Das Myprintoo-Team aus Hamburg mit Gründer und Geschäftsführer Kevin Neugebauer (vorne rechts) © Myprintoo GmbH

Myprintoo: 3D printing "Made in Hamburg"

Hamburg-based start-up provides additive manufacturing - founder outlines business model

Every fourth industrial company is relying on additive processes and technologies, according to a Germany-wide Bitkom survey. Annual growth rates between 13 to 23 per cent have been predicted. Large companies in aviation and automotive are the main drivers of this development. Yet, mid-sized companies are also discovering 3D printing. However, this target group frequently has to overcome challenges such as identifying suitable applications, acquiring specialist knowledge and rethinking the design of components.

The Hamburg-based start-up, Myprintoo, founded in 2015, noticed this gap and has developed a business model. The company views itself as a system provider and pioneer in the field of 3D printing technology. In an interview with Hamburg News, Kevin Neugebauer, founder and CEO of Myprintoo, discusses innovative trends in 3D printing, exciting projects and plans for the future.

Hamburg News: How did you hit on 3D printing?

Kevin Neugebauer: I worked in innovation management before we launched Myprintoo GmbH in 2015 with Daniela Naumann, co-founder and architect, as a local service provider and contact for 3D printing services. Our first clients included local architecture firms, bookshops in Hamburg, the Mercedes Me Store and regional SMEs. In 2016, we launched our online shop, the 3D print department store, and have been offering 3D printing technology and accessories ever since. Meanwhile, exclusive sales agreements for 3D printers in several countries have been added, so that Myprintoo continues to become a systems provider.

Hamburg News: Can you outline your business model?

Kevin Neugebauer: We are not a classic online retailer, but offer our customers extensive added value. To this end, we advise and support them along the entire process chain. We check how our potential customers’ applications can be implemented with the appropriate 3D printing solution. We produce sample parts for interested parties, discuss product changes, if required, and supply suitable technology solutions. In addition to sales and installation, we also offer maintenance and supply spare parts. We have up to seven internal or external employees at Myprintoo presently.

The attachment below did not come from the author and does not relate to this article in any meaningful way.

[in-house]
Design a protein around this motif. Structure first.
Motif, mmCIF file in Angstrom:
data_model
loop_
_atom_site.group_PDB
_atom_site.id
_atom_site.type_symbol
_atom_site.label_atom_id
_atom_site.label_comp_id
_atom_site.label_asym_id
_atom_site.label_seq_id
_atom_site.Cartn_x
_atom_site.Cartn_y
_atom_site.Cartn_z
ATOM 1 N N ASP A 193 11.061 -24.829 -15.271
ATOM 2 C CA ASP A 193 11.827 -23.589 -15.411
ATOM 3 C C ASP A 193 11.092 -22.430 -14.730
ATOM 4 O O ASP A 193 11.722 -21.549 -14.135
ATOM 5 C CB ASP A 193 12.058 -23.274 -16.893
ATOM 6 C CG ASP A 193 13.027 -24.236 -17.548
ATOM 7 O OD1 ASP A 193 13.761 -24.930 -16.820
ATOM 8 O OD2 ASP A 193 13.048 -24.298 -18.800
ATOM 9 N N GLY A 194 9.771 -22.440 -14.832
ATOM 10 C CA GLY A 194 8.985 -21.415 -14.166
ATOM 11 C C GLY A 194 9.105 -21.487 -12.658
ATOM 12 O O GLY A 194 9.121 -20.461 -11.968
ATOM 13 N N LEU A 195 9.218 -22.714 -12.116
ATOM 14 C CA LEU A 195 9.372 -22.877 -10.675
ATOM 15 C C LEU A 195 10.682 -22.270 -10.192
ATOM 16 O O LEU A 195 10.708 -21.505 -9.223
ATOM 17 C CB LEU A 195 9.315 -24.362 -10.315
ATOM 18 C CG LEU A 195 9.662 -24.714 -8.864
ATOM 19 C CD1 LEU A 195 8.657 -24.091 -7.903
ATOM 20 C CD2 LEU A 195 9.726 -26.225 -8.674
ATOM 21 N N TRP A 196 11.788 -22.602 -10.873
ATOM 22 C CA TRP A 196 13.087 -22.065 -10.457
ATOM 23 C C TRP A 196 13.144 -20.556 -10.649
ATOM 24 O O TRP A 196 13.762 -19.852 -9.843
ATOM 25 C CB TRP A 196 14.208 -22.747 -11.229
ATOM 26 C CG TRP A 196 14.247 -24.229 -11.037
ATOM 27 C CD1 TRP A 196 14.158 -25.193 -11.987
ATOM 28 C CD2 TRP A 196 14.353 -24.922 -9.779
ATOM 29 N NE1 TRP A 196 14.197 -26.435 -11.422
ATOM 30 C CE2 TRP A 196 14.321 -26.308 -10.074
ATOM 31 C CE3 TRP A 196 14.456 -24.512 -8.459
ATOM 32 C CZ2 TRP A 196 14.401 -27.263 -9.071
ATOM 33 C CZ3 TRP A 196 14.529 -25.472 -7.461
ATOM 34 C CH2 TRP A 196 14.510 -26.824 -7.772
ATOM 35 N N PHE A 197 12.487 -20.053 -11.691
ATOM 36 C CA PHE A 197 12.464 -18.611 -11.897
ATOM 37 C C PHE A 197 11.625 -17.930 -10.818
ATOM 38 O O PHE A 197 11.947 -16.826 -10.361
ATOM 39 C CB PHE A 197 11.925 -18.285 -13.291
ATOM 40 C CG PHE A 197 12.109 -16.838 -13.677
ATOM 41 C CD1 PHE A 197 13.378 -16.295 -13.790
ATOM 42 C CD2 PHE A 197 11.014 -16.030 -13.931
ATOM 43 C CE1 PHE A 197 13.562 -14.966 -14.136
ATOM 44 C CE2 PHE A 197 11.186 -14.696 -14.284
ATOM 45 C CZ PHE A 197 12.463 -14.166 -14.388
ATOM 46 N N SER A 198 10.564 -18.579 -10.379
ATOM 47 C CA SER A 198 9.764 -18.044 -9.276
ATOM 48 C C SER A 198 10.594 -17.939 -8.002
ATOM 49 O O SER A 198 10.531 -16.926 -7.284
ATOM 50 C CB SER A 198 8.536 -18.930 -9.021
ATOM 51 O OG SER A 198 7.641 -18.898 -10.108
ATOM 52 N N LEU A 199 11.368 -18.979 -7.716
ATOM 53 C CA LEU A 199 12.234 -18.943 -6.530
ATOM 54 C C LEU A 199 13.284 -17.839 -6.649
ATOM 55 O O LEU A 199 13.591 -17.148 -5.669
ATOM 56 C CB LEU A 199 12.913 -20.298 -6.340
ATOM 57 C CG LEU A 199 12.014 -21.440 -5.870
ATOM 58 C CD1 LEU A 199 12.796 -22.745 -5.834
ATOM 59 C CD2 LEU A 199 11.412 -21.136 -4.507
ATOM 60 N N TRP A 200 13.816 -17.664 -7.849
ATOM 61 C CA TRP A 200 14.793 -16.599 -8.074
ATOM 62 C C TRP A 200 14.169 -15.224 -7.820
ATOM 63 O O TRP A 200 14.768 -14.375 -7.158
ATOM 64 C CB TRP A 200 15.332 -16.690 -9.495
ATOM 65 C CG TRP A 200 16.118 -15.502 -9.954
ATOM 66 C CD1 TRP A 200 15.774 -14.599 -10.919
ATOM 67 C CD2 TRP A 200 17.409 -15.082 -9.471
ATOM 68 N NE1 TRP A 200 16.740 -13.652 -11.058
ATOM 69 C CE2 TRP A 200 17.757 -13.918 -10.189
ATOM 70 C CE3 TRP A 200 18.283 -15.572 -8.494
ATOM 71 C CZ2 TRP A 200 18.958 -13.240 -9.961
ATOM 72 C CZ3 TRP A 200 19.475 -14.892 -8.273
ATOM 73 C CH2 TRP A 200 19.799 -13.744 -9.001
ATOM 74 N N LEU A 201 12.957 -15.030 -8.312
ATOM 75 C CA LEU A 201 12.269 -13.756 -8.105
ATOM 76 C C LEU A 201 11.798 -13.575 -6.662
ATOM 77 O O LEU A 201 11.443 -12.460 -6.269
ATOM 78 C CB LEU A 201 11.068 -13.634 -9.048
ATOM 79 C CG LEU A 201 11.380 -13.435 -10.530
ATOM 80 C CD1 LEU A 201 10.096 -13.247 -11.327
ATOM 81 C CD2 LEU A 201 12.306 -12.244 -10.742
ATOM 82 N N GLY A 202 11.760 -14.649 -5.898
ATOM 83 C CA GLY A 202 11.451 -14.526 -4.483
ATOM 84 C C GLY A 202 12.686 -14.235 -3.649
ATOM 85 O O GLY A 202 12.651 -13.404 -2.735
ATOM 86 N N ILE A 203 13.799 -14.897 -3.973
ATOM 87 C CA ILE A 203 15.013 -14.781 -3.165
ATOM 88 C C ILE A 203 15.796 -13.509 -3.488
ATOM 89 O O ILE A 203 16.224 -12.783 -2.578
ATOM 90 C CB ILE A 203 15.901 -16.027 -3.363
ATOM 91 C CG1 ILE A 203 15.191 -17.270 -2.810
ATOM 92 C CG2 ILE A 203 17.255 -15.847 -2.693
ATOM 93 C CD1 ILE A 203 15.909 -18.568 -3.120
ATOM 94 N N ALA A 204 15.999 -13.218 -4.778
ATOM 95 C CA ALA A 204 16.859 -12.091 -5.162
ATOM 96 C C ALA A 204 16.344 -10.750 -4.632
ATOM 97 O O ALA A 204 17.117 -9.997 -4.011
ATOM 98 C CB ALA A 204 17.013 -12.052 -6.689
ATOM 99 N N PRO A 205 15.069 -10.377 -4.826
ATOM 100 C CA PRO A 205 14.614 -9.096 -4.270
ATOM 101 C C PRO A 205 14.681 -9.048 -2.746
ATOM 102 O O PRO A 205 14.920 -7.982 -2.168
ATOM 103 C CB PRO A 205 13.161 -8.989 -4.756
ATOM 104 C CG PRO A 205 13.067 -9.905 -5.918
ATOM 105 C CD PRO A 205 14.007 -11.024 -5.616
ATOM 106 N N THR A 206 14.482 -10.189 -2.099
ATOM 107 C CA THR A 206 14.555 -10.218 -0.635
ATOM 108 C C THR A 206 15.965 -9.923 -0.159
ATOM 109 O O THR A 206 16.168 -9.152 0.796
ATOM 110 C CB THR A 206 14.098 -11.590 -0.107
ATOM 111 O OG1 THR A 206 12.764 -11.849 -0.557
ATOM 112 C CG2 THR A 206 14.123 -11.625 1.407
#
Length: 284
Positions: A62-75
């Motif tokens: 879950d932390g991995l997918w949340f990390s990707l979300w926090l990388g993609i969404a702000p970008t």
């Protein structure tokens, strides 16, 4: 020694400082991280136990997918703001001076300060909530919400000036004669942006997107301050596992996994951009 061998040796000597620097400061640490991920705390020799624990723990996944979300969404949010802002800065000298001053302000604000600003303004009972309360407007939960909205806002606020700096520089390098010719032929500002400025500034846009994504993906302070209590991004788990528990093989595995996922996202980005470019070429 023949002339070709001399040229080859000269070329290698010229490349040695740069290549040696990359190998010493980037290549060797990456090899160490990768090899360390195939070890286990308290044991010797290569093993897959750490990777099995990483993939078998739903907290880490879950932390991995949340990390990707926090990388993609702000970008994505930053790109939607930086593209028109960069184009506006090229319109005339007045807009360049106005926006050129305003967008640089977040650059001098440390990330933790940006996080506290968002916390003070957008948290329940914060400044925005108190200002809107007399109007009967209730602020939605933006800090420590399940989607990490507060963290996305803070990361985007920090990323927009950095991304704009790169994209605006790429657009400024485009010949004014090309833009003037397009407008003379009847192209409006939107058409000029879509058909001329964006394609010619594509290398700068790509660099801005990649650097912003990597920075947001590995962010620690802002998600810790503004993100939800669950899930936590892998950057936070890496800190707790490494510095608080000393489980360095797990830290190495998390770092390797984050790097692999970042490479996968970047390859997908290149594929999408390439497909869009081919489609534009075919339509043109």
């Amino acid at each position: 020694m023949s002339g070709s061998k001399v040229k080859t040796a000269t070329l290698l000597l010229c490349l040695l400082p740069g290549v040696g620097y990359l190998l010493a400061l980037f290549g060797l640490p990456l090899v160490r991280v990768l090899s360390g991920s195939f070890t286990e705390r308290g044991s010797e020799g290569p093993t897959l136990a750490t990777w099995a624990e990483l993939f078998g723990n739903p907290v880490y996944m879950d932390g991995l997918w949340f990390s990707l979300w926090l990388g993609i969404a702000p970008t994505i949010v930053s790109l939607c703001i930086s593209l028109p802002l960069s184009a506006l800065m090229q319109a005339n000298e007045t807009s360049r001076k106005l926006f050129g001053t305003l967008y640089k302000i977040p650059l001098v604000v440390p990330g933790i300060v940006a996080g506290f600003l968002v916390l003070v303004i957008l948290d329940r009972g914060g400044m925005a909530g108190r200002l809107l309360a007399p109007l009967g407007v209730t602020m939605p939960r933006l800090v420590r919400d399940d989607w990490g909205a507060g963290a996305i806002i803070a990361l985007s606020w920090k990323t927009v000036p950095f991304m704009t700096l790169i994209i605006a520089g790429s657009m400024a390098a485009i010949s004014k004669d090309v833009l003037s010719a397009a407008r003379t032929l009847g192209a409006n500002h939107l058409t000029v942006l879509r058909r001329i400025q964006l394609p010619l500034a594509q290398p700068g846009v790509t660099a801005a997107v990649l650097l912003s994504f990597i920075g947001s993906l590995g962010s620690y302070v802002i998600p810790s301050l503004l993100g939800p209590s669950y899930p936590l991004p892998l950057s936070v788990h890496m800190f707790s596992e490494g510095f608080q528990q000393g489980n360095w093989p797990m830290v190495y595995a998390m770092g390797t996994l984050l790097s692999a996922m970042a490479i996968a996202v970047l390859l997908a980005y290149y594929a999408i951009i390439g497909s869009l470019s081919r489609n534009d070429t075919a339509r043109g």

Hamburg News: In which market segments are your customers?

Kevin Neugebauer: Whether aerospace, automotive, train manufacturers, healthcare, universities or institutes, we are thematically positioned and work, depending on the product, in the Benelux countries and in the German-speaking countries and with customers in Hamburg. We have already done joint projects with Jungheinrich or Deutsches-Elektronen-Synchrotron (DESY). But we have also carried out projects with customers like the Hamburg Ship Model Basin (HSVA), HafenCity University (HCU) and the German Weather Service.

Hamburg News: Can you tell us about a particularly exciting 3D printing project?

Kevin Neugebauer: Some time ago, we worked very closely with HCU, a university dedicated to architecture, urban planning, visualization and urban design. I was particularly impressed by the manager of the workshop who tries to bring 3D printing closer to the students with lots of energy and enthusiasm. The HCU now has a large lab dedicated to additive manufacturing. Even contractors from the healthcare sector are exciting. Nowadays, tissue structures or surgical models can be printed out to plan surgery better after using a haptic model first.

Hamburg News: Where is the trend in 3D printing technology going?

Kevin Neugebauer: Every 3D printing process has the potential to complement conventional solutions very well. We see this potential mainly in 3D metal printing or 3D printing with composite materials such as carbon fibre. We also see a strong trend towards networking conventional and new technologies in automation such as 3D printing robots to produce products with improved properties or installing automated manufacturing equipment that promises swifter component availability. The new approaches will also bring major changes to operations, as many approval and assessment processes are derived from conventional processes – from work safety to special component design for 3D printing.

Hamburg News: What are your plans for the future?

Kevin Neugebauer: We have been working on the basis for our future since last summer. We have taken young, promising companies such as Xact Metal from the U.S. and Anisoprint from Russia into our programme and are assisting them with their market entry and brand development in Europe. This gives us a unique selling point and our partners benefit from our network. In addition to our core business, we want to drive forward our activities in market research and expand possible partnerships. Another topic will be developing an entire product and service process chain from the right technological solution to training, to the workspace with all the safety guidelines. To cope with this, we plan to expand our team significantly over the next two years.

Interview by Sarah Bischoff.

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